This is such fun. I’m enjoying this happy picture. I’ve started to give more energy and colour to the sky. Originally, I had intended only a thin wash of pale blue without any texture as there seemed to be so much else going on, but correcting the size of the heads had introduced thicker paint there, so I decided to repaint the whole sky, largely blue I agree but showing the occasional fluffy cloud perhaps. I think this makes a better balance.
I think the tree must be a member of the larch family. Its needle-like leaves fall from the branches like lazy hands trailing in the water. I have built up the perspective there by using different colours and tones as I passed over the area, first Ultramarine Blue, then Ultramarine Violet, then Viridian with the addition of Burnt Sienna.
I strengthened the painting without altering the tone of the distant hills, then turned my attention the the garden. Since we are raised above it, only the tops of the trees and bushes show, so a mixture of dark and light green suffice. I’ve gone in with strong darks behind his shoulder and legs, enjoying the contrast with his white shirt. These darks will hide some of the metalwork he is resting against beautifully.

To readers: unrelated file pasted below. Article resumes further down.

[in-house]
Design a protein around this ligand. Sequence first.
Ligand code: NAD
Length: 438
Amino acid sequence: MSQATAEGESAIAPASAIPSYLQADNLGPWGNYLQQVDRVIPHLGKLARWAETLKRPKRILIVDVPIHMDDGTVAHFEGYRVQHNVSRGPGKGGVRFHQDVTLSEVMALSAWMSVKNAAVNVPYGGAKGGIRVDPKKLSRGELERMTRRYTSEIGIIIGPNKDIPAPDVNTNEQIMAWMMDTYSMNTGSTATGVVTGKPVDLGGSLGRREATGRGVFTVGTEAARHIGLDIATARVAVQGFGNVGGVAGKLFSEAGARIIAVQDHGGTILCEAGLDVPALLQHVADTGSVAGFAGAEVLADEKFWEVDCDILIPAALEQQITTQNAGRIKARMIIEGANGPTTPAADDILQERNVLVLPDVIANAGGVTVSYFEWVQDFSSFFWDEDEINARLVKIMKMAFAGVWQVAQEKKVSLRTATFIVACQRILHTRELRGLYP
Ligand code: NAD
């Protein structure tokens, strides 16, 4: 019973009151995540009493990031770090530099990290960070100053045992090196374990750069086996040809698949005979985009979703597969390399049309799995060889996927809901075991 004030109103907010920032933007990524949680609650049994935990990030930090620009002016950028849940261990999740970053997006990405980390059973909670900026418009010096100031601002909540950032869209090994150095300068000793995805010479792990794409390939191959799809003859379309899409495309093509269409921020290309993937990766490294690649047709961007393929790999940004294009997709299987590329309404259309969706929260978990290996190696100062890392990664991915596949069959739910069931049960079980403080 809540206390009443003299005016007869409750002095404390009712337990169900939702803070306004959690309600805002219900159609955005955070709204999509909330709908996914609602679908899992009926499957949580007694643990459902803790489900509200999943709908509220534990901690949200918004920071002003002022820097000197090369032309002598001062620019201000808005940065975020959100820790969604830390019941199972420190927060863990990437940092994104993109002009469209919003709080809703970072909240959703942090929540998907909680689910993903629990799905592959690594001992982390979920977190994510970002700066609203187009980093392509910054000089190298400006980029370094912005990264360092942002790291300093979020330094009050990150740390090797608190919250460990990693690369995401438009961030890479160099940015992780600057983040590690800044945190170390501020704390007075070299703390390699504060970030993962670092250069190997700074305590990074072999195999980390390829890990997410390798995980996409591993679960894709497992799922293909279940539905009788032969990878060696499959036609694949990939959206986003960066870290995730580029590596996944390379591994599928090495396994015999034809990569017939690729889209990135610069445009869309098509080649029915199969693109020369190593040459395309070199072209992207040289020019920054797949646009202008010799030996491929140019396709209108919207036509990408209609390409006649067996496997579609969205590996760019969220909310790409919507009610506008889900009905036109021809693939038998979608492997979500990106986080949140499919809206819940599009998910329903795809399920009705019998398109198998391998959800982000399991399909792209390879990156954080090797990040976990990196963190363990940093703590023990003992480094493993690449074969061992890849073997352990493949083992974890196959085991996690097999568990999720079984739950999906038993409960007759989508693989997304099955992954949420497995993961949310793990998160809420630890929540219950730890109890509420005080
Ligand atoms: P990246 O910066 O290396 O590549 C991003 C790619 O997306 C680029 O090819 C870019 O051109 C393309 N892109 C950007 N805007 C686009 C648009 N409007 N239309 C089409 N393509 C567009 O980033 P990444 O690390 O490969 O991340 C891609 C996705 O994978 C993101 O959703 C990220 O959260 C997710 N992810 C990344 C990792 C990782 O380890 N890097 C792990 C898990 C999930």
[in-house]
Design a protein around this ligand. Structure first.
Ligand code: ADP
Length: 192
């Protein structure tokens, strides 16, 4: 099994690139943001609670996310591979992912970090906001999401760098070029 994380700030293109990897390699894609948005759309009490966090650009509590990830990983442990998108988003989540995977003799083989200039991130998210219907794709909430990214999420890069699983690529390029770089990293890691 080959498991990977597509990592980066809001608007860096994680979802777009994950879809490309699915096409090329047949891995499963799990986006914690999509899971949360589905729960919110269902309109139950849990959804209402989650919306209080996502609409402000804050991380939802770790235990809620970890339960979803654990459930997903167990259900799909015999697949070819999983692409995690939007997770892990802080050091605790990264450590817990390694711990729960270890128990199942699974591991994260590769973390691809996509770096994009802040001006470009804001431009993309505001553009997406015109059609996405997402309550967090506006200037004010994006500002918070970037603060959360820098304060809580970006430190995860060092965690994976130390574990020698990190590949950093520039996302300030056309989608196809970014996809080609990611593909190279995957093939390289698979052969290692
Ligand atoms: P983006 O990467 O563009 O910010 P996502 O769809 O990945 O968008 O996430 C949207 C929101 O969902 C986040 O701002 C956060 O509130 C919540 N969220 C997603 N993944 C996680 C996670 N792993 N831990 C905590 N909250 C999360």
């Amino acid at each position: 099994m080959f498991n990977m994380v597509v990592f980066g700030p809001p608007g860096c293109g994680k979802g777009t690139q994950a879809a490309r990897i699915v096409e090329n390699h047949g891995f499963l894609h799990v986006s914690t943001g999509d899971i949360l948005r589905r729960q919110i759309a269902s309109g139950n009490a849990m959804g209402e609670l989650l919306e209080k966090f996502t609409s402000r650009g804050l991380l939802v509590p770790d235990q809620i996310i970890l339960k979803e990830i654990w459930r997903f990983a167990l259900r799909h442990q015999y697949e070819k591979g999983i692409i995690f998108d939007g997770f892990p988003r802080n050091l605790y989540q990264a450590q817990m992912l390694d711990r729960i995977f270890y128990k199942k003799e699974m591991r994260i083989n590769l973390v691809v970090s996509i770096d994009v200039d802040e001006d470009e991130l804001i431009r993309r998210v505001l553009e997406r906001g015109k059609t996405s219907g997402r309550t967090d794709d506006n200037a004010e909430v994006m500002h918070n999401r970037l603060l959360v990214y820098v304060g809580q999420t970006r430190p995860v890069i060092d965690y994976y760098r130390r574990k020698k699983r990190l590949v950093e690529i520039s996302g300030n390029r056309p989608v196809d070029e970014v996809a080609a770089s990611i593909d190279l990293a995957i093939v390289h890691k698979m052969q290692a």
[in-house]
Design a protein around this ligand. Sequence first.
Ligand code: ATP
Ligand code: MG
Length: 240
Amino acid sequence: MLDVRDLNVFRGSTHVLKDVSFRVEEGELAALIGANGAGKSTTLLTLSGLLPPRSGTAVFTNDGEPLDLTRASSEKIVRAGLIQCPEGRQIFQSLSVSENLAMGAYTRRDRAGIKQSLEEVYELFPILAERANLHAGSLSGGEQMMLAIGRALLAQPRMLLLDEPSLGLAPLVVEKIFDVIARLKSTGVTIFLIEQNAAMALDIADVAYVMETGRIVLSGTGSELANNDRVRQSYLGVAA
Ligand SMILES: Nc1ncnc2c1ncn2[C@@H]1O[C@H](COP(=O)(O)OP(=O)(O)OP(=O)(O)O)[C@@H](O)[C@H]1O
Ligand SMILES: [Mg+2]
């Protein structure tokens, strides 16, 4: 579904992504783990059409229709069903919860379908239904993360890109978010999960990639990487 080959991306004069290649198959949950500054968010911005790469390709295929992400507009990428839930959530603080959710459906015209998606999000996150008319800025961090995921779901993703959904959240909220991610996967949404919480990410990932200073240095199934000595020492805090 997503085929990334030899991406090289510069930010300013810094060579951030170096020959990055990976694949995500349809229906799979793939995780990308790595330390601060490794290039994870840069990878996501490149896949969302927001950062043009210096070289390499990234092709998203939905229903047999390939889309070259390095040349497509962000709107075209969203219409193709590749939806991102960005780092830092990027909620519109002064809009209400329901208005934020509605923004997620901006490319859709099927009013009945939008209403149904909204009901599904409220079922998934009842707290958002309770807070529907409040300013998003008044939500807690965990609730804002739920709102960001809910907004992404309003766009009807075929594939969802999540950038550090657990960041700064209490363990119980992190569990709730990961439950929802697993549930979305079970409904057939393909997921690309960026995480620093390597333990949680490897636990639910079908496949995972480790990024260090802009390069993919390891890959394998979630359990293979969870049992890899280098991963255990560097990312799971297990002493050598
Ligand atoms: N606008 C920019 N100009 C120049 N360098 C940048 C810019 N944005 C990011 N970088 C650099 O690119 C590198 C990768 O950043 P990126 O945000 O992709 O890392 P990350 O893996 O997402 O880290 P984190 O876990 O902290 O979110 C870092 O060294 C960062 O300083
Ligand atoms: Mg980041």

So the canvas is largely covered. I have extended the blue area behind the boats. I may have overdone it. In fact I’m sure I have. The light reflecting off the side of the cabin of the middle boat loses impact against the light background. However, there is just some of the water on the right hand side to rough in now, so I can see how the painting will turn out. I’m very pleased with the composition. With a bit of work, this is going to turn into a good painting. Boats are fascinating. There are so many lines and angles. They catch the light in so many unexpected places.
I have started to clarify the painting of the middle boat, and for some reason the reflection looks wonky! I didn’t notice this when I was painting, so the photo has done me a service. For a start, the reflection of the prow is at the wrong angle, and where the prow becomes the side (a nebulous place!) also needs a little more definition. Although the red of the cabin wall has been calmed down with the addition of a little Burnt Sienna, it seems to glow even more.
I roughed in the background to help the define the upper edge of the boats and to set the atmosphere. It’s a bit dark, though the blue positively glows in contrast. I’ll think about that while I cover the canvas.